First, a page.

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HABEAS CORPUS, by                     Poet's Biography
First Line: My body, eh? Friend death, how now?
Last Line: There must be somewhere work to do.
Alternate Author Name(s): H. H.; Holm, Saxe; Jackson, Helen Hunt
Subject(s): Death; Dead, The

My body, eh? Friend Death, how now?
Why all this tedious pomp of writ?
Thou hast reclaimed it sure and slow
For half a century, bit by bit.
In faith thou knowest more to-day
Than I do, where it can be found!
This shrivelled lump of suffering clay,
To which I now am chained and bound,
Has not of kith or kin a trace
To the good body once I bore;
Look at this shrunken, ghastly face:
Didst ever see that face before?
Ah, well, friend Death, good friend thou art;
Thy only fault thy lagging gait,
Mistaken pity in thy heart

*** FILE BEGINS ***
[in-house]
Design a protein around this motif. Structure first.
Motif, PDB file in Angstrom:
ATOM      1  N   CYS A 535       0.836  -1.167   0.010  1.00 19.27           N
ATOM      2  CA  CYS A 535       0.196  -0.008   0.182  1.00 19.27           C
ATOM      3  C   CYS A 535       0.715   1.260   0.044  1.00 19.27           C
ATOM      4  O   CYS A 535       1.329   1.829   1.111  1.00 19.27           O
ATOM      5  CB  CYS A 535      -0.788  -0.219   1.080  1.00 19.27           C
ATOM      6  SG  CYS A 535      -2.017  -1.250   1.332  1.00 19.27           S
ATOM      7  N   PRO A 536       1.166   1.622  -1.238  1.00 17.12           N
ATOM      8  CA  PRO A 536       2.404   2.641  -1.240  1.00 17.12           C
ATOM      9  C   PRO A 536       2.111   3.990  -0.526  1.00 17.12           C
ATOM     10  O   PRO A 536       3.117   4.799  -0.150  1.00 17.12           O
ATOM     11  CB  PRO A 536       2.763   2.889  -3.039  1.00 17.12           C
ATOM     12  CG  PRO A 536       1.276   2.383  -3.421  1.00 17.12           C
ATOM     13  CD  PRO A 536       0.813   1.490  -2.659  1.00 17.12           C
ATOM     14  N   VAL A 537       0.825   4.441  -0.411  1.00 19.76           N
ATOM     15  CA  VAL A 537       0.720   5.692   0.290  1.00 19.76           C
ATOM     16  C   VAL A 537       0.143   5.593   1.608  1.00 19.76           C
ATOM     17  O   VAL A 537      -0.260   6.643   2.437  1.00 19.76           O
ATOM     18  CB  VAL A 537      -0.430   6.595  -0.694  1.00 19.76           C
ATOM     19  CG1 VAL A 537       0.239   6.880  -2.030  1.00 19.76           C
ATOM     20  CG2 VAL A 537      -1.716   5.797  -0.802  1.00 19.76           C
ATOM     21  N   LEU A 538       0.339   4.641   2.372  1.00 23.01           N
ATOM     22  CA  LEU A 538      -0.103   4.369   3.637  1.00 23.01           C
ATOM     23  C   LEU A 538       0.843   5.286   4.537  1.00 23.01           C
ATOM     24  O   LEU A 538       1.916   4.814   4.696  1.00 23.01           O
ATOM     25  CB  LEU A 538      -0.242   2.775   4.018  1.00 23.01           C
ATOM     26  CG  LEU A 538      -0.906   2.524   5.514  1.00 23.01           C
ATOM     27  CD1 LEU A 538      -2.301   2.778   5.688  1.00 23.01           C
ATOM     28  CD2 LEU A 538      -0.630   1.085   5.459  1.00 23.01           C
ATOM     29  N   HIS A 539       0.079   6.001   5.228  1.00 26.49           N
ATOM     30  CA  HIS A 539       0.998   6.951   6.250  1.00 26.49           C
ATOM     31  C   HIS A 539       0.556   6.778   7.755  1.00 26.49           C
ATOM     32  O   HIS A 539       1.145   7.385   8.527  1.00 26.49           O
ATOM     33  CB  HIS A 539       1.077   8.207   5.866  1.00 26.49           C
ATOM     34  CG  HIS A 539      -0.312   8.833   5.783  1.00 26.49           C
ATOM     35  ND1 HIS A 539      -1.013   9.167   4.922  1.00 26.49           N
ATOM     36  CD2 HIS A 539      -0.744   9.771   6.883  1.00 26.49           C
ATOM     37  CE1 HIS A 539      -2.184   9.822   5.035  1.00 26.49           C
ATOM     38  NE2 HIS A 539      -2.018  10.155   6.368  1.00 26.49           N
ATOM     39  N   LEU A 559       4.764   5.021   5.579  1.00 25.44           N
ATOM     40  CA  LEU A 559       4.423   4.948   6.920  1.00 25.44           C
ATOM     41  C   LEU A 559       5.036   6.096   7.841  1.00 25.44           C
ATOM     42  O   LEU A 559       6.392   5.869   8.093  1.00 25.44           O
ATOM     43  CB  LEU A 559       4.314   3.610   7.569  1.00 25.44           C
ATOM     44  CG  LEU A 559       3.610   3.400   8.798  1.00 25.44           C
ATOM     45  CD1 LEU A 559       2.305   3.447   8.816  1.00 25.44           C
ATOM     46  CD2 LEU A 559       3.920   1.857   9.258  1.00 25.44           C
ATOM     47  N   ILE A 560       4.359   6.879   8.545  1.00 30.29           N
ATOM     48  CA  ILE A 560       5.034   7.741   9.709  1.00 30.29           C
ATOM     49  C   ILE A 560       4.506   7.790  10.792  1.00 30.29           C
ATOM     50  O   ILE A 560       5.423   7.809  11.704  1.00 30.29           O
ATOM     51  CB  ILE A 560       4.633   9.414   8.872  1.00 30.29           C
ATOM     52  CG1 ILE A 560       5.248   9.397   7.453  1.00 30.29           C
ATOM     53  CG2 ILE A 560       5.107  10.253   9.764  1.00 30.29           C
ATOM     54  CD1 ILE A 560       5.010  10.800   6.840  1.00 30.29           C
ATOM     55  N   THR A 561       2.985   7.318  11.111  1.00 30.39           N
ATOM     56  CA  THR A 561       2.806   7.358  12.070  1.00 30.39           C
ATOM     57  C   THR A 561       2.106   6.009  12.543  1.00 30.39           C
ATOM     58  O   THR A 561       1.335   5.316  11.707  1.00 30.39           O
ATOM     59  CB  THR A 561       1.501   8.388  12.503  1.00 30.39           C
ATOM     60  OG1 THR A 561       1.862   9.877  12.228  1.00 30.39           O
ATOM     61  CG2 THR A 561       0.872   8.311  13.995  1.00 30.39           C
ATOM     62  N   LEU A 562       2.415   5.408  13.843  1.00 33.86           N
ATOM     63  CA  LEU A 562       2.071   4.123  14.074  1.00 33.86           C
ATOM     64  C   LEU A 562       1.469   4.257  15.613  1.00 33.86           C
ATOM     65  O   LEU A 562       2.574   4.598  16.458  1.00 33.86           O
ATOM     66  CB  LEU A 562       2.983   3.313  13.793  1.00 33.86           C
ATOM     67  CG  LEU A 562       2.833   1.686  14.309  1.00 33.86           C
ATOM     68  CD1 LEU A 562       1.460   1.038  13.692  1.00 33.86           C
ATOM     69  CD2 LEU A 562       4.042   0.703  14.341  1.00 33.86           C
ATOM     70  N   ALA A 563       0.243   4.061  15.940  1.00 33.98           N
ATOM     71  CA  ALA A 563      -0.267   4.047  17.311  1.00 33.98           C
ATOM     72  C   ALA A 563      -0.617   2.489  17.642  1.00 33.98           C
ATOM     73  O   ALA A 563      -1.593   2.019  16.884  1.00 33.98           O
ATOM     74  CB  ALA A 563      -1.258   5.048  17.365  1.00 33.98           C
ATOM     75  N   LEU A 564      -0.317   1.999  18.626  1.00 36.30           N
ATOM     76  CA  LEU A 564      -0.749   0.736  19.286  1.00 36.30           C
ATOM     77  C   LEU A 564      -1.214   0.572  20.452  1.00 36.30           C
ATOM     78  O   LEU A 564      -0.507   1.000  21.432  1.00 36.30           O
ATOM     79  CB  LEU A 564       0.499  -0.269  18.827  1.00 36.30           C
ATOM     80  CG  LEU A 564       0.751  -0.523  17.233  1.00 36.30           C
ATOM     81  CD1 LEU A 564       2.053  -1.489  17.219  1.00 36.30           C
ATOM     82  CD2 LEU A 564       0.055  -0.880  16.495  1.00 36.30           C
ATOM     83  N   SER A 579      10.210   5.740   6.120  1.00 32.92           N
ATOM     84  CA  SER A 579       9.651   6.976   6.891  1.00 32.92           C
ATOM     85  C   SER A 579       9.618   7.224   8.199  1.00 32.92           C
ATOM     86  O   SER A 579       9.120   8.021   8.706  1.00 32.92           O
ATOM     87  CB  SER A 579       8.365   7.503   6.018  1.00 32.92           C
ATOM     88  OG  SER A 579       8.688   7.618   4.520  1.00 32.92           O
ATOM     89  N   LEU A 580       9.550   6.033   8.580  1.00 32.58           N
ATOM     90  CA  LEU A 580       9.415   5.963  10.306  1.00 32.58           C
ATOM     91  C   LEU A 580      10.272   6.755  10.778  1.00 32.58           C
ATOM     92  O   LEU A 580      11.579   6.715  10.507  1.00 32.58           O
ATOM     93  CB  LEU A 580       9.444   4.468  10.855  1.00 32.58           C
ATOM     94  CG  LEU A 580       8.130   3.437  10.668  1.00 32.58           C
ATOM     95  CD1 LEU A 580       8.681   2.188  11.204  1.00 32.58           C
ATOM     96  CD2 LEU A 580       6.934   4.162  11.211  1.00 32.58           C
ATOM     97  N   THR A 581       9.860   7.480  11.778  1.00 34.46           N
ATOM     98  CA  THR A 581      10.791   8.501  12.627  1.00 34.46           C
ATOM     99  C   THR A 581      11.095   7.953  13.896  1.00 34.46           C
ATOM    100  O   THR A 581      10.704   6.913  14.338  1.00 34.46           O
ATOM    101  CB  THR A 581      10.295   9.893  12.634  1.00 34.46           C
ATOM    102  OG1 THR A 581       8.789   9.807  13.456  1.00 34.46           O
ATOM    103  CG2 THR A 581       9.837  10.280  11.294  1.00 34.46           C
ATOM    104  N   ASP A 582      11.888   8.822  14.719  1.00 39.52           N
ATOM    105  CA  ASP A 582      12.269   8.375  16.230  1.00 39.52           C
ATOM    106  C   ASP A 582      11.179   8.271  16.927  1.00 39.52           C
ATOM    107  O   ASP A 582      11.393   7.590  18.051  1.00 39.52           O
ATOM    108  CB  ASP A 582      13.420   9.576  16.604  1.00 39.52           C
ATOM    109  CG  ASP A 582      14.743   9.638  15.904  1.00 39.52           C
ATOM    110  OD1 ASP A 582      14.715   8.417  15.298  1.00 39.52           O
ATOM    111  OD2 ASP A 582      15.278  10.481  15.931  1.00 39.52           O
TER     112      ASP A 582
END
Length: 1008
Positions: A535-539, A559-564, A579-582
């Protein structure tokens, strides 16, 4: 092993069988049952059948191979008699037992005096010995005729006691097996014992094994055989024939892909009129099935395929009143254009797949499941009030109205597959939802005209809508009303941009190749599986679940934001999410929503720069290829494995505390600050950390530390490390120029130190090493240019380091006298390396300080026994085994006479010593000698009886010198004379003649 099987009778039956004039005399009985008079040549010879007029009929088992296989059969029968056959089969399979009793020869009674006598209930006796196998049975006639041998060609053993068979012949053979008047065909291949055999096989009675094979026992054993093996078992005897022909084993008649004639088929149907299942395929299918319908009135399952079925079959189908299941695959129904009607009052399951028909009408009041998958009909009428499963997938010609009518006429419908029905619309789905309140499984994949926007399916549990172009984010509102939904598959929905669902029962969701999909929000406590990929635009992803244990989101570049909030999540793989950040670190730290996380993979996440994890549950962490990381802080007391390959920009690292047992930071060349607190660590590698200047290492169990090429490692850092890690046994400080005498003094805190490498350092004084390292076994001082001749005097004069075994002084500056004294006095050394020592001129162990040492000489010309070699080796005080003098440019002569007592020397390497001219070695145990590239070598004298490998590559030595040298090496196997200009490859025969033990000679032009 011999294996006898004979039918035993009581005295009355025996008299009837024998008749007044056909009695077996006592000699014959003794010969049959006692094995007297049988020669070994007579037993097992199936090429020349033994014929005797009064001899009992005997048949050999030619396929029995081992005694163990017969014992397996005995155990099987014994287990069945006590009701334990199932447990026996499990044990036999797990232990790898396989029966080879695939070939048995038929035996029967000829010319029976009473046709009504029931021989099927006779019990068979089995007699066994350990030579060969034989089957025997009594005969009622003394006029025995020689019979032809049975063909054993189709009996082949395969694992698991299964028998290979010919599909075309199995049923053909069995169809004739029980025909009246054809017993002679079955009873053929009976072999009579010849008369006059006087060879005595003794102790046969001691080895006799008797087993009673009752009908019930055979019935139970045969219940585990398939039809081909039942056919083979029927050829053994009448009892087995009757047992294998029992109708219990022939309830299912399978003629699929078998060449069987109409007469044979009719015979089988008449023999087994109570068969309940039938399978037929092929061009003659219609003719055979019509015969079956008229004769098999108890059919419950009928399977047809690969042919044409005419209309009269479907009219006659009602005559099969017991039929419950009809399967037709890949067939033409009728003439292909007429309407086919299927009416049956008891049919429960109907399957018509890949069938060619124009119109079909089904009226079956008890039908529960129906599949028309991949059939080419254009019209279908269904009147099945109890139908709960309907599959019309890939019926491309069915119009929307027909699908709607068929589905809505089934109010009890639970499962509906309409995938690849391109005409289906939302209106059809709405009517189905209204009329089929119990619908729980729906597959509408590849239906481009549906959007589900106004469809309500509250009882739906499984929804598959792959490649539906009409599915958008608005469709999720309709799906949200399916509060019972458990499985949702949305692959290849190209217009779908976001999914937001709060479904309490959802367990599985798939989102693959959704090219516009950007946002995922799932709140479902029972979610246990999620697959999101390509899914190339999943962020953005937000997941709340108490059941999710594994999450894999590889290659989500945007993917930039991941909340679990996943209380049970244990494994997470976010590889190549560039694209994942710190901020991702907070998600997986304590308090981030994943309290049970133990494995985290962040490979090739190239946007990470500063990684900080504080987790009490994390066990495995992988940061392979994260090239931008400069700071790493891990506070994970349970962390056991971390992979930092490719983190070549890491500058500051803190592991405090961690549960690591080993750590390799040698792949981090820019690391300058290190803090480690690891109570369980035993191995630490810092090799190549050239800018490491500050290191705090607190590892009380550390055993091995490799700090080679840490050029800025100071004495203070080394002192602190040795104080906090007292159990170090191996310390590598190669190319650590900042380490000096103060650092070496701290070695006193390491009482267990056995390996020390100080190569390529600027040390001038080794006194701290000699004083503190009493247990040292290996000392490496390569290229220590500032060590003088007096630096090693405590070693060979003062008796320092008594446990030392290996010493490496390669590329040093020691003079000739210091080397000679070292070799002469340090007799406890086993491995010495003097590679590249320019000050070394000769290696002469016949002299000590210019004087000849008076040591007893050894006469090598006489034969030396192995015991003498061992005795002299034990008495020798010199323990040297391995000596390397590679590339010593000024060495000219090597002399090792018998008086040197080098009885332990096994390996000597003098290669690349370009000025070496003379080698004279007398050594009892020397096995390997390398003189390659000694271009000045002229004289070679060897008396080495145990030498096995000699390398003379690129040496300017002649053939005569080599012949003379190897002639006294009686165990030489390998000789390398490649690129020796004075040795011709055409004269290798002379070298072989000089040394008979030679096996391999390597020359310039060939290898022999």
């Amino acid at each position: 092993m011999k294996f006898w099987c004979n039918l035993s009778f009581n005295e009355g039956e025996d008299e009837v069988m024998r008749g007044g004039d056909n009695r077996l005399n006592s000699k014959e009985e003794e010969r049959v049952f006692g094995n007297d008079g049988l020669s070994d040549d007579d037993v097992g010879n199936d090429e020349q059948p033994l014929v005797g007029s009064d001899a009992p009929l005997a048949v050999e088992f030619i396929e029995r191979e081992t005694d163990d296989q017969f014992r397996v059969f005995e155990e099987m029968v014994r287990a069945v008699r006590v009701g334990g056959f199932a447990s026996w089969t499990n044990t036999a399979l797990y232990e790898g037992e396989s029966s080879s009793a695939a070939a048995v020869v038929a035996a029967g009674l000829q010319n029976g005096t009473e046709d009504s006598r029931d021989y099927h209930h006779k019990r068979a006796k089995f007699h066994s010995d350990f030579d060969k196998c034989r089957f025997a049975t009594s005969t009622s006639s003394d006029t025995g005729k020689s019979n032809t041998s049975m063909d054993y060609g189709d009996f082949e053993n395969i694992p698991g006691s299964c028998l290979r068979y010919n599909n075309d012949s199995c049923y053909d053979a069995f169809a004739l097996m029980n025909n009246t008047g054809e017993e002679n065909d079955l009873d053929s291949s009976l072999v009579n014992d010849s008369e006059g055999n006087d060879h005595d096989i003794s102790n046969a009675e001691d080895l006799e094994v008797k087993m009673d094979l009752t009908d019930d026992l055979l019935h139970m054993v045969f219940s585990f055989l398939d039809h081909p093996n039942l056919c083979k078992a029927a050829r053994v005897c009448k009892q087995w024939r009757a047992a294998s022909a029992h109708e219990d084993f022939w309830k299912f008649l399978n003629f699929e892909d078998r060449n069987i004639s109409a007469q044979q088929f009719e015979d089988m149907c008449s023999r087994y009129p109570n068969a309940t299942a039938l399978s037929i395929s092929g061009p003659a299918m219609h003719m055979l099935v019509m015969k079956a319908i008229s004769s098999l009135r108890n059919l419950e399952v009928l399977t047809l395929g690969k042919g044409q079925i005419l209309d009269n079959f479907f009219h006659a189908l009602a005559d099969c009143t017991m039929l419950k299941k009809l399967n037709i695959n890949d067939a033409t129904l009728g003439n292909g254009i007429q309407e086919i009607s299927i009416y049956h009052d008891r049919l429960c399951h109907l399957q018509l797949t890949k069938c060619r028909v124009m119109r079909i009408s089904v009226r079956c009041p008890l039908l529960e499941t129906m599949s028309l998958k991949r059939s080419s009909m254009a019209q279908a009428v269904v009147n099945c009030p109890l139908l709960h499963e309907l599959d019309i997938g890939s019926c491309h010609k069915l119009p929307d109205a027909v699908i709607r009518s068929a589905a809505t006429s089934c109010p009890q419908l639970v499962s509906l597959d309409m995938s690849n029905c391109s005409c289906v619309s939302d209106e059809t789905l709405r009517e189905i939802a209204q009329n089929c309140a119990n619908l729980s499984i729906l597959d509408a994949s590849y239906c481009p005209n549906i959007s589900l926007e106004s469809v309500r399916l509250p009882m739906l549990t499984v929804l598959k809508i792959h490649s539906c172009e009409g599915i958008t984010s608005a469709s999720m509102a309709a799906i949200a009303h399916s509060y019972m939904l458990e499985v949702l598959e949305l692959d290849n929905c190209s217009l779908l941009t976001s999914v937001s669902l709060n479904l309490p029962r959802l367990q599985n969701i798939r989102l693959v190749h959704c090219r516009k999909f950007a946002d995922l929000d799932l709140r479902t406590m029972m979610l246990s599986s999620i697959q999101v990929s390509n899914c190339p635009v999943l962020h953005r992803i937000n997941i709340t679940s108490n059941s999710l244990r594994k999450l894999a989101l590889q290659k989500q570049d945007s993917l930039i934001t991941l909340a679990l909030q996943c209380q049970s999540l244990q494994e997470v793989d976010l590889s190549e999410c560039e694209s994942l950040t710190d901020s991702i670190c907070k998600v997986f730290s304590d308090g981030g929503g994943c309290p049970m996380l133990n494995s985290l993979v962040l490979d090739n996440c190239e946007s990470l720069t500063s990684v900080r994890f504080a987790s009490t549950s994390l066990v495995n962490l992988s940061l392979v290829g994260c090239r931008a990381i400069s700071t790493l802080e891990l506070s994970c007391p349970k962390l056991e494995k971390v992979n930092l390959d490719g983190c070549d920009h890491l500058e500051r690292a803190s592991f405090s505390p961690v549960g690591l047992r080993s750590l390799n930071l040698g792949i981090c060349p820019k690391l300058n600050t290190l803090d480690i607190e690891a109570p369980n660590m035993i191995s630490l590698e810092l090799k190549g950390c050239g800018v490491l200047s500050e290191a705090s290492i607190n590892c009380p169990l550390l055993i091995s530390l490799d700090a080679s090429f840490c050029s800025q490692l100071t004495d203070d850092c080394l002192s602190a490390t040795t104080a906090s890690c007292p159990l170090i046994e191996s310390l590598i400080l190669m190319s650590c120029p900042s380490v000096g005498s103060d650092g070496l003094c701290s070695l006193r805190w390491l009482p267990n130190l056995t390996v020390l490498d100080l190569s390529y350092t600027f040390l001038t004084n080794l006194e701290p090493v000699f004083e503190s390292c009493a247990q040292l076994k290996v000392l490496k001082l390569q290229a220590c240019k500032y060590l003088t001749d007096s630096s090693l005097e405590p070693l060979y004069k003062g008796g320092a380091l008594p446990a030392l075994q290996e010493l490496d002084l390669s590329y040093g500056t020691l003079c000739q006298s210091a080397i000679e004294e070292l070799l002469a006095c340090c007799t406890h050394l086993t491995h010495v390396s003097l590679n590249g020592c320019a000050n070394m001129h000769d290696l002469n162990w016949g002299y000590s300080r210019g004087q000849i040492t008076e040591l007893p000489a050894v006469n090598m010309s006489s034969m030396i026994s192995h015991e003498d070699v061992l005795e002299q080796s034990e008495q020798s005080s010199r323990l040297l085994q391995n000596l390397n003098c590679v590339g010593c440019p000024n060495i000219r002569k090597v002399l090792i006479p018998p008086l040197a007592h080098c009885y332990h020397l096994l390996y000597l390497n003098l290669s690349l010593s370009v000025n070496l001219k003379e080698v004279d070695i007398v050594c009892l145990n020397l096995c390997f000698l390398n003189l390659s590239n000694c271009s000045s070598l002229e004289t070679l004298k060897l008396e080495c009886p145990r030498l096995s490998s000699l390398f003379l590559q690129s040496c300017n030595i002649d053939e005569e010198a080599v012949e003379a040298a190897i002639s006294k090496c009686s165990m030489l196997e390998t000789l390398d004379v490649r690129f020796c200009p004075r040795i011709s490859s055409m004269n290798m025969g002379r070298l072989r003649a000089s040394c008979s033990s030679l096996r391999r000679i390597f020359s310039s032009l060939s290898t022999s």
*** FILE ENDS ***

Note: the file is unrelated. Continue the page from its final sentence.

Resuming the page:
For timorous ones that bid thee wait.
Do quickly all thou hast to do,
Nor I nor mine will hindrance make;
I shall be free when thou art through;
I grudge thee naught that thou must take!
Stay! I have lied: I grudge thee one,
Yes, two I grudge thee at this last, --
Two members which have faithful done
My will and bidding in the past.
I grudge thee this right hand of mine;
I grudge thee this quick-beating heart;
They never gave me coward sign,
Nor played me once a traitor's part.
I see now why in olden days
Men in barbaric love or hate
Nailed enemies' hands at wild crossways,
Shrined leaders' hearts in costly state:
The symbol, sign, and instrument
Of each soul's purpose, passion, strife,
Of fires in which are poured and spent
Their all of love, their all of life.
O feeble mighty human hand!
O fragile, dauntless human heart!
The universe holds nothing planned
With such sublime, transcendent art!
Yes, Death, I own I grudge thee mine
Poor little hand, so feeble now;
Its wrinkled palm, its altered line,
Its veins so pallid and so slow --
Ah, well, friend Death, good friend thou art:
I shall be free when thou art through.
Take all there is -- take hand and heart:
There must be somewhere work to do.

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